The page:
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Besides, he says, there are two councils held;
And that may be determin’d at the one,
Which may make you and him to rue at the other.
Therefore he sends to know your lordship’s pleasure,
If presently, you will take horse with him,
And with all speed post with him toward the north,
To shun the danger that his soul divines.
Hast. Go, fellow, go, return unto thy lord;
Bid him not fear the separated councils:
His honour,” and myself, are at the one;
And, at the other, is my good friend Catesby;”
Where nothing can proceed, that toucheth us,
Whereof I shall not have intelligence.
Tell him, his fears are shallow, wanting instance:*
And for his dreams—I wonder, he 's so fond?
To trust the mockery of unquiet slumbers:
To fly the boar, before the boar pursues,

Protector gave the boare for his cognizance, this dreame made so fearful an impression in his heart, that he was thoroughly determined no longer to tarie, but had his horse readie, if the lord Hastings would go with him,” &c. Malone.

* His honour, This was the usual address to noblemen in Shakspeare’s time. Malone.

See note on Timon of Athens, Act I, sc, i, where the same address occurs: “All happiness to your honour.” Steevens.

9 And, at the other, is my good friend Catesby; &c.] So, in the Legend of Lord Hastings, Mirrour for Magistrates, 1575: “I fear'd the end; my Catesby being there “Discharg’d all doubts; him hold I most entyre.” Malone. 1. wanting instance:) That is, wanting some example or act. of malevolence, by which they may be justified : or which, perhaps, is nearer to the true meaning, wanting any immediate ground or reason... johnson. This is the reading of the quarto, except that it has—instancie. Malone.

The folio reads—without instance. Steevens. Instance seems to mean, symptom or prognostick. We find the word used in a similar sense, in The Comedy of Errors, where Egeon, describing his shipwreck, says: “A league from Epidamnum had we sail'd, “Before the always wind-obeying deep “Gave any tragick instance of our harm.” M. Mason.

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Were to incense the boar to follow us,
And make pursuit, where he did mean no chase.
Go, bid thy master rise and come to me;
And we will both together to the Tower,
Where, he shall see, the boar will use us kindly.
Mess. I’ll go, my lord, and tell him what you say.
Cates. Many good morrows to my roble lord!
Hast. Good morrow, Catesby; you are early stirring:
What news, what news, in this our tottering state :
Cates. It is a reeling world, indeed, my lord;
And, I believe, will never stand upright,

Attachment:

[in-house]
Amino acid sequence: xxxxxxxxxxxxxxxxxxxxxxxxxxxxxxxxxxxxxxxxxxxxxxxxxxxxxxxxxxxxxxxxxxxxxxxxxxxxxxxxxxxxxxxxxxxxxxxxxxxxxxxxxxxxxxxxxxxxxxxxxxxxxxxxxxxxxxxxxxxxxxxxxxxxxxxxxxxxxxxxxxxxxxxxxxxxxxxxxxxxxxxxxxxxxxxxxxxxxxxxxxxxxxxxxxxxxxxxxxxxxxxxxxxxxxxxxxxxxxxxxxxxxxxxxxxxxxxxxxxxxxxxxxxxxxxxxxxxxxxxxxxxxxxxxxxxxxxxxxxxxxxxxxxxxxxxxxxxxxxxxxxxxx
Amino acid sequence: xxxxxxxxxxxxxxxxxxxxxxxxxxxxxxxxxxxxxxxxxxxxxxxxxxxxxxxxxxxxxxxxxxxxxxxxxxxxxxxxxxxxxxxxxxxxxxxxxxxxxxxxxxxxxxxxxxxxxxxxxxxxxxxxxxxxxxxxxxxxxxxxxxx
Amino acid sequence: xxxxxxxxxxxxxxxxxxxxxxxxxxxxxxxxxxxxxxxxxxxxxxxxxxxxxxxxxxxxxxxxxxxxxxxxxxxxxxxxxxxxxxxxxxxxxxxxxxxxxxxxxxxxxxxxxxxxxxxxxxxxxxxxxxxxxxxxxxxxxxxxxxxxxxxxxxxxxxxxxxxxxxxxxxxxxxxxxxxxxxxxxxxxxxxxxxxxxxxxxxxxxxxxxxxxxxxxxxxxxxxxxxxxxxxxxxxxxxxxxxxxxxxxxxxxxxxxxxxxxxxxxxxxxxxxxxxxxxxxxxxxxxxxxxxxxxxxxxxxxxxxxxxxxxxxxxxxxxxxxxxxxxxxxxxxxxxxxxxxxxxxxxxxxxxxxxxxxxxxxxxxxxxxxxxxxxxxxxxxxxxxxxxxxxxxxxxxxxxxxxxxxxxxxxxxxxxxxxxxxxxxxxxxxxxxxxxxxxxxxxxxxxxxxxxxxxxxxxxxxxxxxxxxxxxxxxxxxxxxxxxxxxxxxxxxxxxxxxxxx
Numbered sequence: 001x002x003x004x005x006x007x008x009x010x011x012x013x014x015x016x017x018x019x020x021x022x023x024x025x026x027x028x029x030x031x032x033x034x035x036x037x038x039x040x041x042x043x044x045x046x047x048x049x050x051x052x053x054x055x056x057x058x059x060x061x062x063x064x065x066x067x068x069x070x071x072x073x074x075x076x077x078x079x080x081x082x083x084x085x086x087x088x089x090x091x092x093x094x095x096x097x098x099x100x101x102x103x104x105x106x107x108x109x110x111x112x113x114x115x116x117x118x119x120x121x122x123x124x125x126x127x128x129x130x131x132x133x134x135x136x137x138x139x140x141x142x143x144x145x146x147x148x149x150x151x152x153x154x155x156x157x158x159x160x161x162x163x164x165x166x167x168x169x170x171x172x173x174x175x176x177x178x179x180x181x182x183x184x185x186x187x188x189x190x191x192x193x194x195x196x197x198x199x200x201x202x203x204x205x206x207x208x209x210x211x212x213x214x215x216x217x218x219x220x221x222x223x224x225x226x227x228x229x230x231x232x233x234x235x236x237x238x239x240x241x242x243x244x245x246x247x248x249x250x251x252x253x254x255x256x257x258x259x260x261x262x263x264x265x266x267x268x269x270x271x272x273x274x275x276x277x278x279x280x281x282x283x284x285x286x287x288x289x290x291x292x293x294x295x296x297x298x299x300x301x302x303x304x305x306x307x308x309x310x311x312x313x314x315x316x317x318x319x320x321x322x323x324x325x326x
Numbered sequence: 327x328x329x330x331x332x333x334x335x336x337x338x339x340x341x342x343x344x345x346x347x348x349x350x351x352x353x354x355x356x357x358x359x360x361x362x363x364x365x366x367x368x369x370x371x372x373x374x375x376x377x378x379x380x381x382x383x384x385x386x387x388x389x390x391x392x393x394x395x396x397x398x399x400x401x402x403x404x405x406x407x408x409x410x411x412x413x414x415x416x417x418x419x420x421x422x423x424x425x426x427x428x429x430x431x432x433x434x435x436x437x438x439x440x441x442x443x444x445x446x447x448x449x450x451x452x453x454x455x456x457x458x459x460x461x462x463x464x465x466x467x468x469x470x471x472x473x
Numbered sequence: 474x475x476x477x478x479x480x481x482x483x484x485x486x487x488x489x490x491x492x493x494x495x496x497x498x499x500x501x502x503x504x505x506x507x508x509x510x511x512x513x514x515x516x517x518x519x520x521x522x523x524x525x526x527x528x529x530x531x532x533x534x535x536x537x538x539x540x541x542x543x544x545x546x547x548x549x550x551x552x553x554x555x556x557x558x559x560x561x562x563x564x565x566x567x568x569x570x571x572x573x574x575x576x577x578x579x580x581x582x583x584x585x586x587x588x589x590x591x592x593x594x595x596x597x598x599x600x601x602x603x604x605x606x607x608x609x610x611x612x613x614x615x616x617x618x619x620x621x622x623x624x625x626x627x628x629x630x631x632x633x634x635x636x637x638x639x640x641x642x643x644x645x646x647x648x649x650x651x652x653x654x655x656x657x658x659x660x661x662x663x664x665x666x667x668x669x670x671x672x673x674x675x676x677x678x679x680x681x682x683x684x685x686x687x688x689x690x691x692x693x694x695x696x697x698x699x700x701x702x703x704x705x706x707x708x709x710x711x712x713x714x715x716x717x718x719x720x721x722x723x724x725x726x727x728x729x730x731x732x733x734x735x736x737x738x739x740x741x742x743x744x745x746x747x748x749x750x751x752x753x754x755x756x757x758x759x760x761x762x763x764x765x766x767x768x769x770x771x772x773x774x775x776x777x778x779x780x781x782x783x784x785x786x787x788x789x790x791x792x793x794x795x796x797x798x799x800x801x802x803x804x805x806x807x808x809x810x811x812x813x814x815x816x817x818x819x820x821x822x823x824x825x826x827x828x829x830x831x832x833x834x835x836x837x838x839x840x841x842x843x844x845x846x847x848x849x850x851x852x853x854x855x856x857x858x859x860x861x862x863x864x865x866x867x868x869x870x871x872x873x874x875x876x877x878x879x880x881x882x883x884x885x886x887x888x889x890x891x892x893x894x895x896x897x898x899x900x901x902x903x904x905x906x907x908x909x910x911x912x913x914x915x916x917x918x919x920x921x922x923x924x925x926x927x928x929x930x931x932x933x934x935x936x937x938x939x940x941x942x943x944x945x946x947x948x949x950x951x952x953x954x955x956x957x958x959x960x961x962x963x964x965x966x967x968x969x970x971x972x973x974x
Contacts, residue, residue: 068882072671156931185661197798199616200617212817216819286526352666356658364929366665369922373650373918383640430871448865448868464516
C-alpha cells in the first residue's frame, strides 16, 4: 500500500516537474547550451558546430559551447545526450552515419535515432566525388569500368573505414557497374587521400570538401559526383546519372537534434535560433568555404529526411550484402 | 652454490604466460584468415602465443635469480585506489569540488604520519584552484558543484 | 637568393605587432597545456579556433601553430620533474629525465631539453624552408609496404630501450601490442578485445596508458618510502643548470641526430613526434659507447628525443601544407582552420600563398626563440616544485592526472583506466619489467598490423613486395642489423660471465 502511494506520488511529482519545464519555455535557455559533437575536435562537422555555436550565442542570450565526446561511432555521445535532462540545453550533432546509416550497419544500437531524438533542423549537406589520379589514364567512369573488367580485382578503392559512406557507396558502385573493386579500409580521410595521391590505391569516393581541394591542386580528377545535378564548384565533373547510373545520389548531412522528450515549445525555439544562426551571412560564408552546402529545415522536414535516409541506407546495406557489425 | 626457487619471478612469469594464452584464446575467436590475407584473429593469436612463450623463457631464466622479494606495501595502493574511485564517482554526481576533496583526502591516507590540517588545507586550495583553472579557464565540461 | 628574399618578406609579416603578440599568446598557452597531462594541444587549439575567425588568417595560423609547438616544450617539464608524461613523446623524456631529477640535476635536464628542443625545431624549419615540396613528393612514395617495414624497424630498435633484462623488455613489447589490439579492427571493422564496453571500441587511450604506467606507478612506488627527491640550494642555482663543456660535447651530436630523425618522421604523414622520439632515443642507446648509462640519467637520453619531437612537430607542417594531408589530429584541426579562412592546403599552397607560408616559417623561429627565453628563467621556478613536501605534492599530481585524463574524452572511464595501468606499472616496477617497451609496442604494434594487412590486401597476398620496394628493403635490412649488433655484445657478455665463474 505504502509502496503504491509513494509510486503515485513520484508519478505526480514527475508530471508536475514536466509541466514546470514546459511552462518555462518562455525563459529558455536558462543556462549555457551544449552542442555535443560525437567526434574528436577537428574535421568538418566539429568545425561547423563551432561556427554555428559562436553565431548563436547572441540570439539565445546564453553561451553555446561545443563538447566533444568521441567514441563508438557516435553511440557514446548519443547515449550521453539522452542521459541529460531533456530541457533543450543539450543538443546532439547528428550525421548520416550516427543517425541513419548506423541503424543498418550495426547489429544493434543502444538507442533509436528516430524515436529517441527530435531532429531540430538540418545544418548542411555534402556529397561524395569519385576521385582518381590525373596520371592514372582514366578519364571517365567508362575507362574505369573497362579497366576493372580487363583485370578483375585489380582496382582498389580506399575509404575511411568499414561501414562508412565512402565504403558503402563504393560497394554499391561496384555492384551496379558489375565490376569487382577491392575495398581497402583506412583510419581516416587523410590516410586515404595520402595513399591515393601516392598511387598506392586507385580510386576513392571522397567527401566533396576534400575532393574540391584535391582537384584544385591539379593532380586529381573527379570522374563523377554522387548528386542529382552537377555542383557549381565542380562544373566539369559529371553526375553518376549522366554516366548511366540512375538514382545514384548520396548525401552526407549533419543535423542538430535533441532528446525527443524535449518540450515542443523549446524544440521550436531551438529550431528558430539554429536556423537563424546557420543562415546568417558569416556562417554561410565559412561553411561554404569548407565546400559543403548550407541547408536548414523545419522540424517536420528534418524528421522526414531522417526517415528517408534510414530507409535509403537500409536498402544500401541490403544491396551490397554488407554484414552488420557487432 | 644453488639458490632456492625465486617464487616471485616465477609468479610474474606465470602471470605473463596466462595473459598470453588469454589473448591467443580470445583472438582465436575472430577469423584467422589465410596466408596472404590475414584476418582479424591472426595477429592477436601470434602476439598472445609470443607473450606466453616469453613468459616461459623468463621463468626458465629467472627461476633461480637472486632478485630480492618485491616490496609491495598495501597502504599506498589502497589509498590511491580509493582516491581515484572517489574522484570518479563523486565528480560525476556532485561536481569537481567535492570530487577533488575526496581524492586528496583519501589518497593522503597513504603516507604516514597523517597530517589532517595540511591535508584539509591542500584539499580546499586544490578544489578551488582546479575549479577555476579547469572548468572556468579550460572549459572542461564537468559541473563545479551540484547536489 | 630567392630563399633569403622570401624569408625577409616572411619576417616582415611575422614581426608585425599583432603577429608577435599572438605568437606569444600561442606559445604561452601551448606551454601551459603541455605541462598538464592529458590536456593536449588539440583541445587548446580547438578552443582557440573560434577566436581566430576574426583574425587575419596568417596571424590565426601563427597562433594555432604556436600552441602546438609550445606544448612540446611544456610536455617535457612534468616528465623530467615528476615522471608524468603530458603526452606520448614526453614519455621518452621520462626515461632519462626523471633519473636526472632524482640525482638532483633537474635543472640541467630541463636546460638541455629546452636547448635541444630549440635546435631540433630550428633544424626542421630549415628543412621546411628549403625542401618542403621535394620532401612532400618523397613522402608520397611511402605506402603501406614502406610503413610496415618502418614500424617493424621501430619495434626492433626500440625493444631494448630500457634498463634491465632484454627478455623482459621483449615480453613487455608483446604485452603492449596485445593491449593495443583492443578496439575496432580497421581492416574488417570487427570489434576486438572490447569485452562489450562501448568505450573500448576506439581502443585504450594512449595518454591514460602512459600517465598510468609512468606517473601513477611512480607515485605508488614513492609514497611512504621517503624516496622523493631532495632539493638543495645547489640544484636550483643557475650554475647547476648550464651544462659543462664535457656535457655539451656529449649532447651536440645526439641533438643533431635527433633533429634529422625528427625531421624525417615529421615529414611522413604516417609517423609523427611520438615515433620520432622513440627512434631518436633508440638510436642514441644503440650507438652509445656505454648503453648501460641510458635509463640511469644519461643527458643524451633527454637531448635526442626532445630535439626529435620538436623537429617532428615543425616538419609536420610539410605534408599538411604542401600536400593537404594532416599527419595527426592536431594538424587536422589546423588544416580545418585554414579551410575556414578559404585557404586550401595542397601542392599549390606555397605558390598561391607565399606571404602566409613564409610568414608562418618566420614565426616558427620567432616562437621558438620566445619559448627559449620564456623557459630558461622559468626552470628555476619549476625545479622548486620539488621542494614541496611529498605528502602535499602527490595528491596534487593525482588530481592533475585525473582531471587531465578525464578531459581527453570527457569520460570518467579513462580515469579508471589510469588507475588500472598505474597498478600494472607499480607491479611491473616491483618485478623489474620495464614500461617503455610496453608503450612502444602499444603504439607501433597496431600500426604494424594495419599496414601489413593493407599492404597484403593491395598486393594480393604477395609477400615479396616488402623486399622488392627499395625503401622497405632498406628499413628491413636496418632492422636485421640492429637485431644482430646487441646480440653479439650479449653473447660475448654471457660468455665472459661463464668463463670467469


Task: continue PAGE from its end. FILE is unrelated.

Till Richard wear the garland of the realm.
Hast. How! wear the garland? dost thou mean the
Cates. Ay, my good lord.
Hast. I'll have this crown of mine cut from my
Before I’ll see the crown so foul misplac’d.
But canst thou guess that he doth aim at it?
Cates. Ay, on my life; and hopes to find you forward
Upon his party, for the gain thereof:
And, thereupon, he sends you this good news,
That, this same very day, your enemies,
The kindred of the queen, must die at Pomfret.
Hast. Indeed, I am no mourner for that news,
Because they have been still my adversaries:
But, that I'll give my voice on Richard’s side,
To bar my master’s heirs in true descent,
God knows, I will not do it, to the death.
Cates. God keep your lordship in that gracious mind!
Hast. But I shall laugh at this a twelve-month hence,—
That they, who brought me in my master's hate,
I live to look upon their tragedy.
Well, Catesby, ere a fortnight make me older,
I’ll send some packing, that yet think not on 't.
Cates. 'Tis a vile thing to die, my gracious lord,
When men are unprepar’d, and look not for it.
Hast. O monstrous, monstrous! and so falls it out
With Rivers, Vaughan, Grey; and so 'twill do
With some men else, who think themselves as safe
As thou, and I; who, as thou know'st, are dear

To princely Richard, and to Buckingham.
Cates. The princes both make high account of your-

For they account his head upon the bridge. [Aside.
Hast. I know, they do; and I have well deserv’d it.

Enter STANLEY. Come on, come on, where is your boar-spear, man? Fear you the boar, and go so unprovided ? Stan. My lord, good morrow; and good morrow,” Catesby — You may jest on, but, by the holy rood,” I do not like these several councils,” I. Hast. My lord, I hold my life as dear as yours;” And never, in my life, I do protest, Was it more precious to me than 'tis now : Think you, but that I know our state secure, I would be so triumphant as I am? Stan. The lords at Pomfret, when they rode from London, Were jocund, and suppos'd their states were sure, And they, indeed, had no cause to mistrust; But yet, you see, how soon the day o'er-cast. This sudden stab of rancour I misdoubt;7 Pray God, I say, I prove a needless coward! What, shall we toward the Tower? the day is spent. Hast. Come, come, have with you."—Wot you what, my lord?